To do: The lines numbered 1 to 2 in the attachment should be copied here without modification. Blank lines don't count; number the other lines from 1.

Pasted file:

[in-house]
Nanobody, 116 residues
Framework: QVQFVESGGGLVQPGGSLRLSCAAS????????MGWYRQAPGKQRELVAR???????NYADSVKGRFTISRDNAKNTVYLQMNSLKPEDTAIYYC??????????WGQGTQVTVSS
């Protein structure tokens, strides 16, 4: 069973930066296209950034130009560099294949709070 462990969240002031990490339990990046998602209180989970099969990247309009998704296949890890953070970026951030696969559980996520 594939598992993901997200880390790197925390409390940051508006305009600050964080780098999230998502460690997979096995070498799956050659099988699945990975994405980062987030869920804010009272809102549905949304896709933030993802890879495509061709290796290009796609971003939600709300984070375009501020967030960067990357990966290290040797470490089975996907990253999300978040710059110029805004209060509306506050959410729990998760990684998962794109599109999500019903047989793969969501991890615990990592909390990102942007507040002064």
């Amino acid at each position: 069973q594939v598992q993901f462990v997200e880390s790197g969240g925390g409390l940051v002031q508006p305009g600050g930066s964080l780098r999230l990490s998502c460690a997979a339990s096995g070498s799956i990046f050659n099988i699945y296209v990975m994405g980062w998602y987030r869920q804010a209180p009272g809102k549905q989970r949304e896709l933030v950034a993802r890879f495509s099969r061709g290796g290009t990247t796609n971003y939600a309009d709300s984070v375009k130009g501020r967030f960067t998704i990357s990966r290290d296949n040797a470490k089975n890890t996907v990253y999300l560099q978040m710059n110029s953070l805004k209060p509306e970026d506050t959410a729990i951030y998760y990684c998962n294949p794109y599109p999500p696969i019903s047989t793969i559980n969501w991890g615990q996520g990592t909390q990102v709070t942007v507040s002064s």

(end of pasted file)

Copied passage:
[in-house]
Nanobody, 116 residues